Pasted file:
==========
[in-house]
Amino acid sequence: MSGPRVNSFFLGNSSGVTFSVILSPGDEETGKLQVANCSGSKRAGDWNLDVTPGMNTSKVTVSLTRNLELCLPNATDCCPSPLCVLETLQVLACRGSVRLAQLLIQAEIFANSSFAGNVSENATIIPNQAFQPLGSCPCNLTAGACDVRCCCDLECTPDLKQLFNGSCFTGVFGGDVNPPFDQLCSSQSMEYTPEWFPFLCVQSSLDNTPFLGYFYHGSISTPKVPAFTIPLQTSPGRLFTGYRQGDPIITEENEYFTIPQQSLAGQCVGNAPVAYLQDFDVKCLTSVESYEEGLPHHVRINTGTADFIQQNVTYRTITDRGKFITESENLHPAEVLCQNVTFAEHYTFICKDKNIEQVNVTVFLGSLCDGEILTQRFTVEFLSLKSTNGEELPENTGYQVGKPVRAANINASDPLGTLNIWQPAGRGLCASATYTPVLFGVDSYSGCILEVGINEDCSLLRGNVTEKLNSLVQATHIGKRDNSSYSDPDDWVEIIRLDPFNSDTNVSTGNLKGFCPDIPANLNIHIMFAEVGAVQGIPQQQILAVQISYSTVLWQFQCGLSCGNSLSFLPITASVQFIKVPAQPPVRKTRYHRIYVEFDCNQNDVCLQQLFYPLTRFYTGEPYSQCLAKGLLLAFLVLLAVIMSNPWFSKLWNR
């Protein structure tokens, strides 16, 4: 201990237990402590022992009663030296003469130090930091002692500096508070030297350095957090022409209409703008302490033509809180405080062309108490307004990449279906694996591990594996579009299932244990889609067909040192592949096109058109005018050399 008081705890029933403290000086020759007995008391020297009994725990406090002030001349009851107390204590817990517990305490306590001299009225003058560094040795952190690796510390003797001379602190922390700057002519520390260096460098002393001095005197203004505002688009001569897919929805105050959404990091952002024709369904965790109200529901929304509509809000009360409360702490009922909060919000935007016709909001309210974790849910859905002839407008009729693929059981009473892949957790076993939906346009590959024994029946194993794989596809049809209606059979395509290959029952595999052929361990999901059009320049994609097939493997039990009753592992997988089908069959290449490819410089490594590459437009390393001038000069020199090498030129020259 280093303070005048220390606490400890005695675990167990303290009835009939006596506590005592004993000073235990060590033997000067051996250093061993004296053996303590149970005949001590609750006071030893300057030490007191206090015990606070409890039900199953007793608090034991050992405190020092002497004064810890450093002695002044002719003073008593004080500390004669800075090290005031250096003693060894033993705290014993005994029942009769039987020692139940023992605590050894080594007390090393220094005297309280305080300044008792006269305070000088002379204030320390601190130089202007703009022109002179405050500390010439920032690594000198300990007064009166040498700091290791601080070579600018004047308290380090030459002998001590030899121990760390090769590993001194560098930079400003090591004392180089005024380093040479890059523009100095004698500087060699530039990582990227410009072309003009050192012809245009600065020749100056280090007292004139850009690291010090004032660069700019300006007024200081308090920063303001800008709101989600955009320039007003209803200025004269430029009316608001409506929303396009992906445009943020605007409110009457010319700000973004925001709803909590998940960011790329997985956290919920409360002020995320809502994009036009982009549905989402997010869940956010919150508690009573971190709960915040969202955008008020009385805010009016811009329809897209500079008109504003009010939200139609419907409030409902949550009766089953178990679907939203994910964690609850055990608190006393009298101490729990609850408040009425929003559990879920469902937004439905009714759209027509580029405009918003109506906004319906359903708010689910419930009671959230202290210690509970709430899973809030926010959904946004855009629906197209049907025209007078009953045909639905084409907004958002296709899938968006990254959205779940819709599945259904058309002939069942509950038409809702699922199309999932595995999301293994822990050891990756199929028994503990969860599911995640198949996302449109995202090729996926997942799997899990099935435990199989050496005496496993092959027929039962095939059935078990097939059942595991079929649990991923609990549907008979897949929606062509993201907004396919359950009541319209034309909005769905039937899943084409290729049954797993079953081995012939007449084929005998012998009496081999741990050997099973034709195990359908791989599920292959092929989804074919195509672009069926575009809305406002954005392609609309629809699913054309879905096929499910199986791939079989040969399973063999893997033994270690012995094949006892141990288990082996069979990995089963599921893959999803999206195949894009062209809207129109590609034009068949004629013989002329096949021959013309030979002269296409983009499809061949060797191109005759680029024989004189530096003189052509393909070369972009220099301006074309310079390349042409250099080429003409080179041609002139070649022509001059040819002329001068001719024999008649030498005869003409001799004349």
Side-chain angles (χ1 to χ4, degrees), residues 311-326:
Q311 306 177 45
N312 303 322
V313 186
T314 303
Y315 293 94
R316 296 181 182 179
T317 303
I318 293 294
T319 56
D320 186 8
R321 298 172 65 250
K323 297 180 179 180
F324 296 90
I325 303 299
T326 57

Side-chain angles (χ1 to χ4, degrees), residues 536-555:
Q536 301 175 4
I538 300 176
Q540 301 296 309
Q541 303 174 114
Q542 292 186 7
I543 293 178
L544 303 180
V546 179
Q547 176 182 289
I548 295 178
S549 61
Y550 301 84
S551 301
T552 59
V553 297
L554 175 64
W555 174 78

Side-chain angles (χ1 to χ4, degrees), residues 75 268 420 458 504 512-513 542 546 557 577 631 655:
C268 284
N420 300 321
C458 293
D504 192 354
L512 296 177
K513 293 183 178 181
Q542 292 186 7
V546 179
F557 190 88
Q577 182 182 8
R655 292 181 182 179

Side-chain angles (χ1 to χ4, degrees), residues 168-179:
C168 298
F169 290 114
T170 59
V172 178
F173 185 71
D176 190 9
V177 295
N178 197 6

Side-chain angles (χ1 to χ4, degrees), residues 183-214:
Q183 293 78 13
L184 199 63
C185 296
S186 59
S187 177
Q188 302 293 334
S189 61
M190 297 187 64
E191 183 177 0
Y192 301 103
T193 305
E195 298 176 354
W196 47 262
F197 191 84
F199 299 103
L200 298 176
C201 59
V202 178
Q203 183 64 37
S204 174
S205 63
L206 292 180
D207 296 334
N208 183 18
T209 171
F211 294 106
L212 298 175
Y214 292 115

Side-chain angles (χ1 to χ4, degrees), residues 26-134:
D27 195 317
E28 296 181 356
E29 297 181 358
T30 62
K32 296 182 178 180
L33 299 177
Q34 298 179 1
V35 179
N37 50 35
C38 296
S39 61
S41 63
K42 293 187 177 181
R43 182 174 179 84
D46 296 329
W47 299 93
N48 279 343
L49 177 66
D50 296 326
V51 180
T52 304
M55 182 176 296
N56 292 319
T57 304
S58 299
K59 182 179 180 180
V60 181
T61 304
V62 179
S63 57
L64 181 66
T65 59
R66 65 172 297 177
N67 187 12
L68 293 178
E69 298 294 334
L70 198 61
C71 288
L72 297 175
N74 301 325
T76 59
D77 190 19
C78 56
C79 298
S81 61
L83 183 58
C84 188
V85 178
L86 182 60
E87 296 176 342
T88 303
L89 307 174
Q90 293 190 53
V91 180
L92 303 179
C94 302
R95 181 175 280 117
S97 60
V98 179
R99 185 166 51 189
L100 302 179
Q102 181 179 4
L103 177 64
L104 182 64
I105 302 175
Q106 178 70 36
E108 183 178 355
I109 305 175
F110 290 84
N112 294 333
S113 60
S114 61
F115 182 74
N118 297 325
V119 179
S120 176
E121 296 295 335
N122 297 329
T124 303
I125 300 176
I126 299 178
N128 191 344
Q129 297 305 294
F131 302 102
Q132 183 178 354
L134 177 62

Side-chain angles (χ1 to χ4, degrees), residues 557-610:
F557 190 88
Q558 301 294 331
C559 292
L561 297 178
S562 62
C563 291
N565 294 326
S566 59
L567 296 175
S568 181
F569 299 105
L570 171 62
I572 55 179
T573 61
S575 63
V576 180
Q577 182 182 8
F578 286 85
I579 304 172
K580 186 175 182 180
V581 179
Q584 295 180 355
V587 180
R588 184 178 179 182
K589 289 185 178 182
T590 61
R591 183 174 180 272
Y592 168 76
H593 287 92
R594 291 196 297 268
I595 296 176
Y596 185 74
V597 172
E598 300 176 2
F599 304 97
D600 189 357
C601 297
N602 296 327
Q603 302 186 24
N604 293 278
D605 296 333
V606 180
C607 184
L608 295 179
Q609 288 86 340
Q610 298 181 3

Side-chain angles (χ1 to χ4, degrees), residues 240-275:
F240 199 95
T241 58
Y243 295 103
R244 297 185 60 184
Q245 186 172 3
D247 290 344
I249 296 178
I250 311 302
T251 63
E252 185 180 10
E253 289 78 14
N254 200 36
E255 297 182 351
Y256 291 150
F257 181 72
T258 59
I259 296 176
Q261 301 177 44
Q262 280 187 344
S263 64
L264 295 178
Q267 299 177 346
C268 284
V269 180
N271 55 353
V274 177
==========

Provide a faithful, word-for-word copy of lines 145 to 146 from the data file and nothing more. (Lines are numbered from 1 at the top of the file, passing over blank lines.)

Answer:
R95 181 175 280 117
S97 60